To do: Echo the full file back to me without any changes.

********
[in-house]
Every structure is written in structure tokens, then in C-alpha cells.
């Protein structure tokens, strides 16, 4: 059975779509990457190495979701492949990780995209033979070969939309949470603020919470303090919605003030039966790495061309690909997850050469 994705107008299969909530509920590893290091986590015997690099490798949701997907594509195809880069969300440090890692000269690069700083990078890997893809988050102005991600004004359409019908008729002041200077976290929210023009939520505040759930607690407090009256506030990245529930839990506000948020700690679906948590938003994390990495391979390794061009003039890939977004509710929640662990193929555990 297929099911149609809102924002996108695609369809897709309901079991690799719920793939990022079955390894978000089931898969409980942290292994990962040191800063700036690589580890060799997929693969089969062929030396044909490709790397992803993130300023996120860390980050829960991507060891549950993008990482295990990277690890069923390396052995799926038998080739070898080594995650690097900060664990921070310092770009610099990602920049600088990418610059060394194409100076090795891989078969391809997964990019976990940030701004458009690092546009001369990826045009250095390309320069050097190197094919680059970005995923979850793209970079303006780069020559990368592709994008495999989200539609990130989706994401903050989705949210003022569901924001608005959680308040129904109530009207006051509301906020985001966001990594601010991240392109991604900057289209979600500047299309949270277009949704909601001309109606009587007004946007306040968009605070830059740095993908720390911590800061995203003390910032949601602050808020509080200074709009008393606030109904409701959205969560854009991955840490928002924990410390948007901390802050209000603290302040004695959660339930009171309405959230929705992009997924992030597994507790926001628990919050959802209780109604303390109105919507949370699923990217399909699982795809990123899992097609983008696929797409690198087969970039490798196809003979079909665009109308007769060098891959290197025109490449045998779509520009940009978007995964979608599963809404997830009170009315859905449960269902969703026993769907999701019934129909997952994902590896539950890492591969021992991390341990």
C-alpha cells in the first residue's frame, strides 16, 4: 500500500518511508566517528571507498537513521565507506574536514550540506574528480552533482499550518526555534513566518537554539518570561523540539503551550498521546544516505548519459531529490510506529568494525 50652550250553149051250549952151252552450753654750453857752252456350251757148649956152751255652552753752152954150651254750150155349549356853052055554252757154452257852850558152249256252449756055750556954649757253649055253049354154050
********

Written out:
[in-house]
Every structure is written in structure tokens, then in C-alpha cells.
């Protein structure tokens, strides 16, 4: 059975779509990457190495979701492949990780995209033979070969939309949470603020919470303090919605003030039966790495061309690909997850050469 994705107008299969909530509920590893290091986590015997690099490798949701997907594509195809880069969300440090890692000269690069700083990078890997893809988050102005991600004004359409019908008729002041200077976290929210023009939520505040759930607690407090009256506030990245529930839990506000948020700690679906948590938003994390990495391979390794061009003039890939977004509710929640662990193929555990 297929099911149609809102924002996108695609369809897709309901079991690799719920793939990022079955390894978000089931898969409980942290292994990962040191800063700036690589580890060799997929693969089969062929030396044909490709790397992803993130300023996120860390980050829960991507060891549950993008990482295990990277690890069923390396052995799926038998080739070898080594995650690097900060664990921070310092770009610099990602920049600088990418610059060394194409100076090795891989078969391809997964990019976990940030701004458009690092546009001369990826045009250095390309320069050097190197094919680059970005995923979850793209970079303006780069020559990368592709994008495999989200539609990130989706994401903050989705949210003022569901924001608005959680308040129904109530009207006051509301906020985001966001990594601010991240392109991604900057289209979600500047299309949270277009949704909601001309109606009587007004946007306040968009605070830059740095993908720390911590800061995203003390910032949601602050808020509080200074709009008393606030109904409701959205969560854009991955840490928002924990410390948007901390802050209000603290302040004695959660339930009171309405959230929705992009997924992030597994507790926001628990919050959802209780109604303390109105919507949370699923990217399909699982795809990123899992097609983008696929797409690198087969970039490798196809003979079909665009109308007769060098891959290197025109490449045998779509520009940009978007995964979608599963809404997830009170009315859905449960269902969703026993769907999701019934129909997952994902590896539950890492591969021992991390341990």
C-alpha cells in the first residue's frame, strides 16, 4: 500500500518511508566517528571507498537513521565507506574536514550540506574528480552533482499550518526555534513566518537554539518570561523540539503551550498521546544516505548519459531529490510506529568494525 50652550250553149051250549952151252552450753654750453857752252456350251757148649956152751255652552753752152954150651254750150155349549356853052055554252757154452257852850558152249256252449756055750556954649757253649055253049354154050